Chapter 5

They were now on track five, Of Crime and Passion, and they still weren’t much nearer the crime scene. Thanks in part to roads in the city centre being dug up for the new, exciting and very, very popular tram project, the Monday morning traffic seemed worse than ever. Despite putting on the sirens and the flashing blue lights to get past a few cars and buses, Pigshit and Morrison were now well and truly stuck. They hadn’t moved for about three or four minutes. Ahead of them they could see two bin lorries, several cars and a couple of double-decker buses. Pigshit felt the need to go out and bust a few noses so people would get the hell out the way, but it was raining and he’d get soaked.

It was obvious Sergeant Jim Morrison didn’t really like Of Crime and Passion, but eventually it faded out and Union of the Snake came on.

“This got to number 3 in the UK charts,” said Pigshit proudly.

“Did it?” replied Jim, doubtful of whether reaching number 3 in the charts in the early 1980s was any guarantee of quality.

The hard, unforgiving autumn rain danced off the windscreen in big wet droplets like they were in that film, Se7en.

“At least all this will be sorted out after your #indyref.”

“What’s that, boss?”

“Congestion. All this bloody traffic! Once Scotland becomes independent, all this shit will be a thing of the past. We’ll all be able to drive wherever we like, when we like, without worrying about hold-ups, or one-way streets, or rain. And we’ll have as much free haggis and shortbread as we can eat! It’ll be ace, won’t it?”

Pigshit knew Morrison was a bit of a nationalist and he liked to wind him up about it.

“It’ll be a positive change, I’m sure,” murmured Morrison diplomatically.

“Sounds like a bunch of arse, if you ask me. All these politicians. Fucking hell. Get on with your work and stop poncing around.”

Pigshit felt his pocket buzz. He could just about make out the muffled sound of Shout by Tears for Fears. It was his mobile. He took it out of his pocket and answered it.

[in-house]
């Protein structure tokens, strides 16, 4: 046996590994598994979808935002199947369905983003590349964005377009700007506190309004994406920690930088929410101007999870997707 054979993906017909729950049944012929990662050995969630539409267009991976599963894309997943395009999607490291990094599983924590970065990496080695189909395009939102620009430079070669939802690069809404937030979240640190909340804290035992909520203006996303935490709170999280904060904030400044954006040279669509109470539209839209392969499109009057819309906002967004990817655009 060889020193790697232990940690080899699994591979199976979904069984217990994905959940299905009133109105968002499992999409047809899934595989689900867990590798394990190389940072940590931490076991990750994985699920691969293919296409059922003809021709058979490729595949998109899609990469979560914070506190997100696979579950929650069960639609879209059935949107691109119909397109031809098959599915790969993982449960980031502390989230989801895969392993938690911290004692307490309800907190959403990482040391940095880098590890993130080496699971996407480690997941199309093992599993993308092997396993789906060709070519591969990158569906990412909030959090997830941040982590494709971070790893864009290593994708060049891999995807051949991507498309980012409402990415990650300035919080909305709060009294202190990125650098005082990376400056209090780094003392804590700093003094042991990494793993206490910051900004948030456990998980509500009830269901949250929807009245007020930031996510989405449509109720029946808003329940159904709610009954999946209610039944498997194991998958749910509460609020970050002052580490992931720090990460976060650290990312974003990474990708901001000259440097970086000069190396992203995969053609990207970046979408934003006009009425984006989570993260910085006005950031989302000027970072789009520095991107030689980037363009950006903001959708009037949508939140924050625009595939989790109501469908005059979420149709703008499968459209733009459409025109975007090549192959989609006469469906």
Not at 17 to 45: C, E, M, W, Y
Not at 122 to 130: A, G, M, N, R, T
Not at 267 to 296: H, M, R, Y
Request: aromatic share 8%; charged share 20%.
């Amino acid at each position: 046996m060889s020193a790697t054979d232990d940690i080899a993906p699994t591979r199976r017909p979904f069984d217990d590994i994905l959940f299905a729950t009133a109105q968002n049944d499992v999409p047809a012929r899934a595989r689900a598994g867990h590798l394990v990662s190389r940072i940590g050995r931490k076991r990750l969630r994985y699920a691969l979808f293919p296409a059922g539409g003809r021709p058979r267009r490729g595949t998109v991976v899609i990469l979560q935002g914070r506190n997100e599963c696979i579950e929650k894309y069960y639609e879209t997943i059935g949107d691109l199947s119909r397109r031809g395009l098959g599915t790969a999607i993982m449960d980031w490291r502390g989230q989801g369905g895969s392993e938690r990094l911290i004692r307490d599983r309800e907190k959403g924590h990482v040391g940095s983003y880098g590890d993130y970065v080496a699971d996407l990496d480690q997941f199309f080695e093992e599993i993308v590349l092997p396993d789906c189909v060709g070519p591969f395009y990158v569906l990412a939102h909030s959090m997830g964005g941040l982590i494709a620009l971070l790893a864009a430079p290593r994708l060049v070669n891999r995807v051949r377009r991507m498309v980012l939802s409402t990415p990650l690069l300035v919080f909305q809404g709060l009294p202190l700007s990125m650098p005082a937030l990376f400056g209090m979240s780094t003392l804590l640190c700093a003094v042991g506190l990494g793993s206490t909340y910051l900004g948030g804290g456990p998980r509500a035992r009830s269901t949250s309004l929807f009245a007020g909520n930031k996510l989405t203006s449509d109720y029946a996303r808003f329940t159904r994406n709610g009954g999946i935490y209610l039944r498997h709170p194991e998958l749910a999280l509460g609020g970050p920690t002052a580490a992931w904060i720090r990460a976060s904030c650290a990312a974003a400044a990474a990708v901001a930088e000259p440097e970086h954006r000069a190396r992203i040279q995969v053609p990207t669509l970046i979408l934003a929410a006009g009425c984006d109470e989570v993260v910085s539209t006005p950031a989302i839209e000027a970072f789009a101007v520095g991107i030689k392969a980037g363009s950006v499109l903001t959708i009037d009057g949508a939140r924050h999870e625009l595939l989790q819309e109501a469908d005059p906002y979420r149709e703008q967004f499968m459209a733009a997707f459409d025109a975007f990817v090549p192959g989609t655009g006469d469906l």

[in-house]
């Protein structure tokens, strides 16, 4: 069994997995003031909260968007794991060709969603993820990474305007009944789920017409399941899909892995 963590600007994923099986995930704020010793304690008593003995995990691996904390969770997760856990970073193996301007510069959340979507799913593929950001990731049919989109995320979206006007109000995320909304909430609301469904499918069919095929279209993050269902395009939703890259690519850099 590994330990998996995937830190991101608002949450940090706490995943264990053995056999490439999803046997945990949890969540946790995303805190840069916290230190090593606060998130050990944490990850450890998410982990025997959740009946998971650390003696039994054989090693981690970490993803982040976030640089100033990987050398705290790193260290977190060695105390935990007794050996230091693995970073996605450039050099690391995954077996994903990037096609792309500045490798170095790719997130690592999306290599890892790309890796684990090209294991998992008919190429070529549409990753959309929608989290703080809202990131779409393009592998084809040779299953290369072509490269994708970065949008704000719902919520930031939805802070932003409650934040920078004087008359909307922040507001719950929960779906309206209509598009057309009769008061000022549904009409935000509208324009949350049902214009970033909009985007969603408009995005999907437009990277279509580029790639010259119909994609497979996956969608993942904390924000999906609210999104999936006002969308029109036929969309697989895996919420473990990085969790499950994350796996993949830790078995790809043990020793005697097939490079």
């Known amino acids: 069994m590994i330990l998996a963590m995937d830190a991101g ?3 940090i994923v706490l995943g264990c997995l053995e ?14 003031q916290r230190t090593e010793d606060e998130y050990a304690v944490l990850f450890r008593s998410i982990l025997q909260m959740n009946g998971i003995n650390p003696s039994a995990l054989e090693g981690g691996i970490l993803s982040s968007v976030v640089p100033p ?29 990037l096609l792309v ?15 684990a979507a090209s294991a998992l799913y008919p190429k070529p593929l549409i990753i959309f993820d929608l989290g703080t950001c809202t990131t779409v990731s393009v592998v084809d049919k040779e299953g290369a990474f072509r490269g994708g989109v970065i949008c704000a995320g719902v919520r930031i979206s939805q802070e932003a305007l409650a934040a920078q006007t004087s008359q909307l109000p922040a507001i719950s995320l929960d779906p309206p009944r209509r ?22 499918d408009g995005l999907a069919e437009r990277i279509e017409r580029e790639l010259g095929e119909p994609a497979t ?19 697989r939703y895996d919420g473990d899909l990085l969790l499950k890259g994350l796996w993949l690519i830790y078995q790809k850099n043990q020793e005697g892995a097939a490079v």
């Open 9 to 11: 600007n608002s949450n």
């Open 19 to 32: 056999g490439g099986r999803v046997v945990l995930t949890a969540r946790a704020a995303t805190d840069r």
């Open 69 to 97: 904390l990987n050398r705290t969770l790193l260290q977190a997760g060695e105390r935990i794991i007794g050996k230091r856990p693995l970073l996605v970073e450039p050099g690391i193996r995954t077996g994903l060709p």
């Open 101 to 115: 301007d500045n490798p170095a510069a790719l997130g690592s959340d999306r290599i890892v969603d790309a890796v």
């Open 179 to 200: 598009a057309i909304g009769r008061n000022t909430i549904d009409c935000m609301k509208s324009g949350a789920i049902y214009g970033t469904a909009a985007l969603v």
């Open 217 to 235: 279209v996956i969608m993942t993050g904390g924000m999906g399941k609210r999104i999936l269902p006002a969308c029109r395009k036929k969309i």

“Steve, what’s happening? … Uh huh … It’s all snarled up here, too … No, don’t fucking go to Roy’s! … I don’t care if it’s closer, you know what that guy’s like. One fucking rasher of bacon, and it’s usually all rind … And he doesn’t butter the rolls … Look, just stick on the sirens and the flashing blue lights, and get your arse over to Bridge Street like you’re supposed to. And tell Ali I want more sauce this time!”

He hung up. The car still hadn’t moved.

“What was that about?”

That was our esteemed colleague, Sergeant Steven Norman, informing me he’s stuck in traffic, and asking if it would be better to get the bacon rolls from Roy’s instead of Ali’s, because Roy’s is closer and he didn’t know how long it would take to get to Bridge Street.”

“I don’t like Roy’s,” said Jim unenthusiastically. “His rolls are always a bit doughy.”

“I ought to shut that place down,” mused Pigshit. “One rasher of bacon, indeed. I’m sure I could get that fucker locked up for something.”

The car crawled forward about three metres.

Pigshit dealt with his frustration by hitting the back button on the CD player several times until he got back to The Reflex.


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